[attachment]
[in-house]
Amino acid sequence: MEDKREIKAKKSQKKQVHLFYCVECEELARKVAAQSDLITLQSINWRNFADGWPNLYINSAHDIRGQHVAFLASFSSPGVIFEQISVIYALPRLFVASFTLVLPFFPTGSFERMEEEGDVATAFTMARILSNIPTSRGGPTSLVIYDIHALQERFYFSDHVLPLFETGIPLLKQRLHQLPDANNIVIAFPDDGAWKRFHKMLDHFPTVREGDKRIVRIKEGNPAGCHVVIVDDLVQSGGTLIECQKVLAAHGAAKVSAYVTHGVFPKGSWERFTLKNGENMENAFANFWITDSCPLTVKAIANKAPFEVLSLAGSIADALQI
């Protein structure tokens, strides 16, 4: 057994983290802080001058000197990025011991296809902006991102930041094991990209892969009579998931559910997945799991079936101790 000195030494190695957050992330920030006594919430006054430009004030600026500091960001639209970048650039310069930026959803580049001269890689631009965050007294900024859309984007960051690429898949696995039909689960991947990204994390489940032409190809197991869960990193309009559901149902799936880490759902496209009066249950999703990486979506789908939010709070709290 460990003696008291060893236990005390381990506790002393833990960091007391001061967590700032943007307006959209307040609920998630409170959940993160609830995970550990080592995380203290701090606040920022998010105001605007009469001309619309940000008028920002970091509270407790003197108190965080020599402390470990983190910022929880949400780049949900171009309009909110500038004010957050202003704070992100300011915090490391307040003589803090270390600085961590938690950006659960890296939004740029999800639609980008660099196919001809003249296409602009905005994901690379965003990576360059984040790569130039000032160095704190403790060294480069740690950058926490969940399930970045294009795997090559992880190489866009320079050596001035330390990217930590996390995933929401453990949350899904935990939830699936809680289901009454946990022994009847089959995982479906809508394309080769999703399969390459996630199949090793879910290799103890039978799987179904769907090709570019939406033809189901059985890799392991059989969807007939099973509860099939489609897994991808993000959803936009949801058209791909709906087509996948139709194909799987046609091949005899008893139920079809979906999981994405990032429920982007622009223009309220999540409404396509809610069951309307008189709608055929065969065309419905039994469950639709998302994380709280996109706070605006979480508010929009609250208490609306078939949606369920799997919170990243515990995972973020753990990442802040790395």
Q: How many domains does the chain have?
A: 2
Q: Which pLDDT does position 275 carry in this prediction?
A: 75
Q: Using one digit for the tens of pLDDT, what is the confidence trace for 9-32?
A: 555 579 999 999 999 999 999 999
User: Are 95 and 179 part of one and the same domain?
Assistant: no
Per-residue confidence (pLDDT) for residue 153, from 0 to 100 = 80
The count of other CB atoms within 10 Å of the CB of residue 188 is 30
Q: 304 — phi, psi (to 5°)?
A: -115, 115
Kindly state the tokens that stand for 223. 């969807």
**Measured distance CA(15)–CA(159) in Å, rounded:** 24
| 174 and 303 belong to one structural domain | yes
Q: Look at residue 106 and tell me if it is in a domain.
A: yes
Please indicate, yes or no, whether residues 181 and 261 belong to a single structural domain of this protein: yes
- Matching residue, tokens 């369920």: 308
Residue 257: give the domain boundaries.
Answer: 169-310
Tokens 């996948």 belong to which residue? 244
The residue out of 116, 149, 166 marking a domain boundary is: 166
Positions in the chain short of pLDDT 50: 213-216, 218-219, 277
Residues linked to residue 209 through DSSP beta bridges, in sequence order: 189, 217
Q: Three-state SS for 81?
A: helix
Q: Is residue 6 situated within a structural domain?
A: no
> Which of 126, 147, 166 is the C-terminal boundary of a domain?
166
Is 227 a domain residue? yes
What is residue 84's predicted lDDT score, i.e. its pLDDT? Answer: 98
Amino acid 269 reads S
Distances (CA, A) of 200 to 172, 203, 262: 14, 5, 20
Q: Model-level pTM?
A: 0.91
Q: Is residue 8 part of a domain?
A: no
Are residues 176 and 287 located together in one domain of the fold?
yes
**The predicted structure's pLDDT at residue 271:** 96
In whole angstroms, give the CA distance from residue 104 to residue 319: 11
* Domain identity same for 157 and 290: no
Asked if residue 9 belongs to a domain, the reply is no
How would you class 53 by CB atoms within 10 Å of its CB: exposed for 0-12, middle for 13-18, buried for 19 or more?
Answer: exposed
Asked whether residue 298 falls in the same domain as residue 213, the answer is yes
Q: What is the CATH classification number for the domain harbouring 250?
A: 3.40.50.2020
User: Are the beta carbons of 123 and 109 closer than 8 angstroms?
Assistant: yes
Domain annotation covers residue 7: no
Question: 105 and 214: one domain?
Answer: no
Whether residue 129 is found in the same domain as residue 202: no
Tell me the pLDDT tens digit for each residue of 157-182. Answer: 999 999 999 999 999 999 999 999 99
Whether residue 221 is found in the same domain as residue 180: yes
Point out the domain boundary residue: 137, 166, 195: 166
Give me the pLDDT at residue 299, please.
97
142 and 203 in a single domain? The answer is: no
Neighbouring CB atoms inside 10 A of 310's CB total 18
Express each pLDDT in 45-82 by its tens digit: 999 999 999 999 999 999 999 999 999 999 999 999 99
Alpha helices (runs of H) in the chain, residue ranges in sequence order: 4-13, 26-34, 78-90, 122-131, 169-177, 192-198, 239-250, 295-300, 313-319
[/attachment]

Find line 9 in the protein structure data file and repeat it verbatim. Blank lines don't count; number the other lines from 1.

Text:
A: 555 579 999 999 999 999 999 999